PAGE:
The Meadowlands are home to a large variety of birds and the area and its inhabitants are generally experiencing a revival.
There are 20 endangered and 14 threatened bird species in New Jersey, two of which have also earned the endangered classification at the federal level. In the Meadowlands, at least 18 nesting birds are on New Jersey's watch list, according to Jim Wright, bird columnist, member of the New Jersey Meadowlands Commission and blogger at The Meadowlands Nature Blog.
Nesting in the Meadowlands are 4 endangered species - Pied-billed Grebe, Peregrine Falcon, Least Tern and Northern Harrier - and 4 threatened species - Osprey, Savannah Sparrow, Yellow-crowned Night Heron and Black-crowned Night Heron.
And there are also 10 species of "special concern" - not yet threatened - that nest here: American Kestrel, Barn Owl, Brown Thrasher, Common Gallinule (moorhen), Common Nighthawk, Horned Lark, Least Bittern, Saltmarsh Sparrow, Spotted Sandpiper and Virginia Rail.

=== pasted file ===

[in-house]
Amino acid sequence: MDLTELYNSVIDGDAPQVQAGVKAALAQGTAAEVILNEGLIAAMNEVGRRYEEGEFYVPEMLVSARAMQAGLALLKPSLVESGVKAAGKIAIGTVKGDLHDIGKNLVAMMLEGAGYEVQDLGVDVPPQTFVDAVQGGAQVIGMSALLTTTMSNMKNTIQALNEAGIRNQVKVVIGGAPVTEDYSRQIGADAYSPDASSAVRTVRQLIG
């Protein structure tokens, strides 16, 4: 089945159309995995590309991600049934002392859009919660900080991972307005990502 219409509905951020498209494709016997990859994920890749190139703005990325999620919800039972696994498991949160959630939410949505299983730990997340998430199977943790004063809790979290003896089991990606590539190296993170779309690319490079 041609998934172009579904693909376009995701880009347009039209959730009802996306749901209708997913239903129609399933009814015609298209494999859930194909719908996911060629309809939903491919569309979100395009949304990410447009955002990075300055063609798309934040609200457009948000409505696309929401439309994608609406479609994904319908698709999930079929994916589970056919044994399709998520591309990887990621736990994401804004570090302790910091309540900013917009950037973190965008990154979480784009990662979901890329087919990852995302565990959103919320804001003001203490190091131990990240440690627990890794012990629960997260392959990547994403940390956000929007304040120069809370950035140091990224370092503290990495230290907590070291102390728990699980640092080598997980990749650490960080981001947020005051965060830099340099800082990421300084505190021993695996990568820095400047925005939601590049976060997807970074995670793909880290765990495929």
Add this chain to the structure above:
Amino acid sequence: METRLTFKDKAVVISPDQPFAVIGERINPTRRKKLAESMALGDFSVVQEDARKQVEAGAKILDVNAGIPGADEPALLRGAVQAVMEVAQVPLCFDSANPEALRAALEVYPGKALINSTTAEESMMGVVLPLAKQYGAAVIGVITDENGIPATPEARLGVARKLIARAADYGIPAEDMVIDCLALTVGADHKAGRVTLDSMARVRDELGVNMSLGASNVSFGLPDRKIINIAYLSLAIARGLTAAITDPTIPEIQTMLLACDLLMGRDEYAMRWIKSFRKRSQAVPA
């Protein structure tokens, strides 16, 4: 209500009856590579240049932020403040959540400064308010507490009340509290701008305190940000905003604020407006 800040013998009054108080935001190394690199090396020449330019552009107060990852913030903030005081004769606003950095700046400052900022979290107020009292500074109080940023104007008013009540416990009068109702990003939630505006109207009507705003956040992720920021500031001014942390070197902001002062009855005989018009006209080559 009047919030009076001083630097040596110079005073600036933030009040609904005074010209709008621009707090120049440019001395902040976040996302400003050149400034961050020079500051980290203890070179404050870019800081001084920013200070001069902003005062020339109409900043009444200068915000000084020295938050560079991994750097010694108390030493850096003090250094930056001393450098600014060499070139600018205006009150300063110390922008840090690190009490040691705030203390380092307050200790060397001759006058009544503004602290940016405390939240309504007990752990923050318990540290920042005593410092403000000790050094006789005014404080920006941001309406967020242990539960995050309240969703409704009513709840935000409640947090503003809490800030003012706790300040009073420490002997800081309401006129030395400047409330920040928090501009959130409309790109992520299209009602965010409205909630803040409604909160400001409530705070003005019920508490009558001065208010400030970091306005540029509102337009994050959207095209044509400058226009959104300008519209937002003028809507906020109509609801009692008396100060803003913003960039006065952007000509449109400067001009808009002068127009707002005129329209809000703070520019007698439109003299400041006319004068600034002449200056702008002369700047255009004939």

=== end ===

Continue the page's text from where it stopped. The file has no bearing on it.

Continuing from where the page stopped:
|A yellow crowned night heron - threatened in NJ and appearing|
in the Meadowlands. This one was spotted in Carlstadt.
The Meadowlands is a good location to see the endangered Northern Harrier which can appear year-round but primarily in the winter.
The Meadowlands is also a temporary home for migrating birds, translating to about 280 species of birds spending at least part of the year in the area.
SOURCE: Birds fighting extinction here in Meadows